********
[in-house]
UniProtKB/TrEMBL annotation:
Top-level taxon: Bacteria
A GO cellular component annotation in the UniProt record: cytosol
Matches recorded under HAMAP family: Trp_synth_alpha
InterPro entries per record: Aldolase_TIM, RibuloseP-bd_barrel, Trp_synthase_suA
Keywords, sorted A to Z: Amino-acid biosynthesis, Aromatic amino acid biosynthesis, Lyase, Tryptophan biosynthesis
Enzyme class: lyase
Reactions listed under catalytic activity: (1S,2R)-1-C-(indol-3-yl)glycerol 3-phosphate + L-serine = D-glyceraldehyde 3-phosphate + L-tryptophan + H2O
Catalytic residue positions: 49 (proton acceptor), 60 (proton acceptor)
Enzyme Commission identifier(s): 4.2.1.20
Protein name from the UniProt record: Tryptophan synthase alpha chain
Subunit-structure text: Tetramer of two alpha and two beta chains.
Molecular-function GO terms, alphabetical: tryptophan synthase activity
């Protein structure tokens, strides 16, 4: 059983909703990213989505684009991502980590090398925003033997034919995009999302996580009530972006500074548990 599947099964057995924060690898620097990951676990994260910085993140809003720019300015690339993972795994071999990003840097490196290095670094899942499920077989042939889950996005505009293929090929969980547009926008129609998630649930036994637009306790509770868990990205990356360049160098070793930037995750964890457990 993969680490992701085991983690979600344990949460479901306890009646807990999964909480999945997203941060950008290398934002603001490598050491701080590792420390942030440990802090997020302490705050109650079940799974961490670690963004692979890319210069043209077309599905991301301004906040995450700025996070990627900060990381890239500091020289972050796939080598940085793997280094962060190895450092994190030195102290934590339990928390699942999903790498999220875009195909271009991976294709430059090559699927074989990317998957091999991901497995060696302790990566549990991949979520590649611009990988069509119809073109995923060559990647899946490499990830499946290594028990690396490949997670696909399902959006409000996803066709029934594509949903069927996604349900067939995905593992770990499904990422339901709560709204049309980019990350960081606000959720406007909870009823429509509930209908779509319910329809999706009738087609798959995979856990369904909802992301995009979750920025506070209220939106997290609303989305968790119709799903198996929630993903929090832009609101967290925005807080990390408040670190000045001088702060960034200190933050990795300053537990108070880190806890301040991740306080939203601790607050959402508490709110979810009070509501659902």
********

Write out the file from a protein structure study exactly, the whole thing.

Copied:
[in-house]
UniProtKB/TrEMBL annotation:
Top-level taxon: Bacteria
A GO cellular component annotation in the UniProt record: cytosol
Matches recorded under HAMAP family: Trp_synth_alpha
InterPro entries per record: Aldolase_TIM, RibuloseP-bd_barrel, Trp_synthase_suA
Keywords, sorted A to Z: Amino-acid biosynthesis, Aromatic amino acid biosynthesis, Lyase, Tryptophan biosynthesis
Enzyme class: lyase
Reactions listed under catalytic activity: (1S,2R)-1-C-(indol-3-yl)glycerol 3-phosphate + L-serine = D-glyceraldehyde 3-phosphate + L-tryptophan + H2O
Catalytic residue positions: 49 (proton acceptor), 60 (proton acceptor)
Enzyme Commission identifier(s): 4.2.1.20
Protein name from the UniProt record: Tryptophan synthase alpha chain
Subunit-structure text: Tetramer of two alpha and two beta chains.
Molecular-function GO terms, alphabetical: tryptophan synthase activity
């Protein structure tokens, strides 16, 4: 059983909703990213989505684009991502980590090398925003033997034919995009999302996580009530972006500074548990 599947099964057995924060690898620097990951676990994260910085993140809003720019300015690339993972795994071999990003840097490196290095670094899942499920077989042939889950996005505009293929090929969980547009926008129609998630649930036994637009306790509770868990990205990356360049160098070793930037995750964890457990 993969680490992701085991983690979600344990949460479901306890009646807990999964909480999945997203941060950008290398934002603001490598050491701080590792420390942030440990802090997020302490705050109650079940799974961490670690963004692979890319210069043209077309599905991301301004906040995450700025996070990627900060990381890239500091020289972050796939080598940085793997280094962060190895450092994190030195102290934590339990928390699942999903790498999220875009195909271009991976294709430059090559699927074989990317998957091999991901497995060696302790990566549990991949979520590649611009990988069509119809073109995923060559990647899946490499990830499946290594028990690396490949997670696909399902959006409000996803066709029934594509949903069927996604349900067939995905593992770990499904990422339901709560709204049309980019990350960081606000959720406007909870009823429509509930209908779509319910329809999706009738087609798959995979856990369904909802992301995009979750920025506070209220939106997290609303989305968790119709799903198996929630993903929090832009609101967290925005807080990390408040670190000045001088702060960034200190933050990795300053537990108070880190806890301040991740306080939203601790607050959402508490709110979810009070509501659902």